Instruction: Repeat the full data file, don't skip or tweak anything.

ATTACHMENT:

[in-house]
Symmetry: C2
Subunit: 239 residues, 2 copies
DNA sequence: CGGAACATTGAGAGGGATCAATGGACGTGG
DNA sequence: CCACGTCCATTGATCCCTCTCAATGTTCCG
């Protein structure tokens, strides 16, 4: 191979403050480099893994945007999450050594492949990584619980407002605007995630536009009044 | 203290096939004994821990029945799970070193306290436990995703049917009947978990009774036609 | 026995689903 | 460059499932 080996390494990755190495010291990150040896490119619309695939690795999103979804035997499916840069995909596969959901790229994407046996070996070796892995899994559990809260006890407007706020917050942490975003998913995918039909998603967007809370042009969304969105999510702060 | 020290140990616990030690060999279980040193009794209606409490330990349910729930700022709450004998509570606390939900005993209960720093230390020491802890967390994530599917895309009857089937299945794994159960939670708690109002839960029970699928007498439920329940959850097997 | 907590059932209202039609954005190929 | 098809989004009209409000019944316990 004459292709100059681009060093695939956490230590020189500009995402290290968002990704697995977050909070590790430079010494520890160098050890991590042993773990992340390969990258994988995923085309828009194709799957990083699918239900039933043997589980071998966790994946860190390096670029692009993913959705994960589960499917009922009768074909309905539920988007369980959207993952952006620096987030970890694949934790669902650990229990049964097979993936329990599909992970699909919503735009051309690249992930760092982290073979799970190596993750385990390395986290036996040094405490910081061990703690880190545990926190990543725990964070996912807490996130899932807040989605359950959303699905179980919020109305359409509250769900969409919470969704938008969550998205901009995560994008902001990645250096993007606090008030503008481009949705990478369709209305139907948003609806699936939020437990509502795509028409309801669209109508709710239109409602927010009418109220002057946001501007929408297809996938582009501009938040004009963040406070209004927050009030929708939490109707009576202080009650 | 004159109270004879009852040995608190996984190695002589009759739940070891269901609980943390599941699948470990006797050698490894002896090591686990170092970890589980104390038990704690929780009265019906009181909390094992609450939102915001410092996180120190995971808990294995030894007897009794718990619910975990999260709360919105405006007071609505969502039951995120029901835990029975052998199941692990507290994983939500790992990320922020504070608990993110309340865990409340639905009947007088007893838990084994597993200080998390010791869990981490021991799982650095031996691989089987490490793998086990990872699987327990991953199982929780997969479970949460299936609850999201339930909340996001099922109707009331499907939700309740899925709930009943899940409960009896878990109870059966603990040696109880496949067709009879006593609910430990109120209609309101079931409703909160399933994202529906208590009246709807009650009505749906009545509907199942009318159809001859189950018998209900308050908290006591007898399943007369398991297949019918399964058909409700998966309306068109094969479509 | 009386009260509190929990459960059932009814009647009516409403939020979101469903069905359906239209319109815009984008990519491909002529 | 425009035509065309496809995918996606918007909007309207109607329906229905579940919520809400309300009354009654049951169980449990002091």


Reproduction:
[in-house]
Symmetry: C2
Subunit: 239 residues, 2 copies
DNA sequence: CGGAACATTGAGAGGGATCAATGGACGTGG
DNA sequence: CCACGTCCATTGATCCCTCTCAATGTTCCG
């Protein structure tokens, strides 16, 4: 191979403050480099893994945007999450050594492949990584619980407002605007995630536009009044 | 203290096939004994821990029945799970070193306290436990995703049917009947978990009774036609 | 026995689903 | 460059499932 080996390494990755190495010291990150040896490119619309695939690795999103979804035997499916840069995909596969959901790229994407046996070996070796892995899994559990809260006890407007706020917050942490975003998913995918039909998603967007809370042009969304969105999510702060 | 020290140990616990030690060999279980040193009794209606409490330990349910729930700022709450004998509570606390939900005993209960720093230390020491802890967390994530599917895309009857089937299945794994159960939670708690109002839960029970699928007498439920329940959850097997 | 907590059932209202039609954005190929 | 098809989004009209409000019944316990 004459292709100059681009060093695939956490230590020189500009995402290290968002990704697995977050909070590790430079010494520890160098050890991590042993773990992340390969990258994988995923085309828009194709799957990083699918239900039933043997589980071998966790994946860190390096670029692009993913959705994960589960499917009922009768074909309905539920988007369980959207993952952006620096987030970890694949934790669902650990229990049964097979993936329990599909992970699909919503735009051309690249992930760092982290073979799970190596993750385990390395986290036996040094405490910081061990703690880190545990926190990543725990964070996912807490996130899932807040989605359950959303699905179980919020109305359409509250769900969409919470969704938008969550998205901009995560994008902001990645250096993007606090008030503008481009949705990478369709209305139907948003609806699936939020437990509502795509028409309801669209109508709710239109409602927010009418109220002057946001501007929408297809996938582009501009938040004009963040406070209004927050009030929708939490109707009576202080009650 | 004159109270004879009852040995608190996984190695002589009759739940070891269901609980943390599941699948470990006797050698490894002896090591686990170092970890589980104390038990704690929780009265019906009181909390094992609450939102915001410092996180120190995971808990294995030894007897009794718990619910975990999260709360919105405006007071609505969502039951995120029901835990029975052998199941692990507290994983939500790992990320922020504070608990993110309340865990409340639905009947007088007893838990084994597993200080998390010791869990981490021991799982650095031996691989089987490490793998086990990872699987327990991953199982929780997969479970949460299936609850999201339930909340996001099922109707009331499907939700309740899925709930009943899940409960009896878990109870059966603990040696109880496949067709009879006593609910430990109120209609309101079931409703909160399933994202529906208590009246709807009650009505749906009545509907199942009318159809001859189950018998209900308050908290006591007898399943007369398991297949019918399964058909409700998966309306068109094969479509 | 009386009260509190929990459960059932009814009647009516409403939020979101469903069905359906239209319109815009984008990519491909002529 | 425009035509065309496809995918996606918007909007309207109607329906229905579940919520809400309300009354009654049951169980449990002091």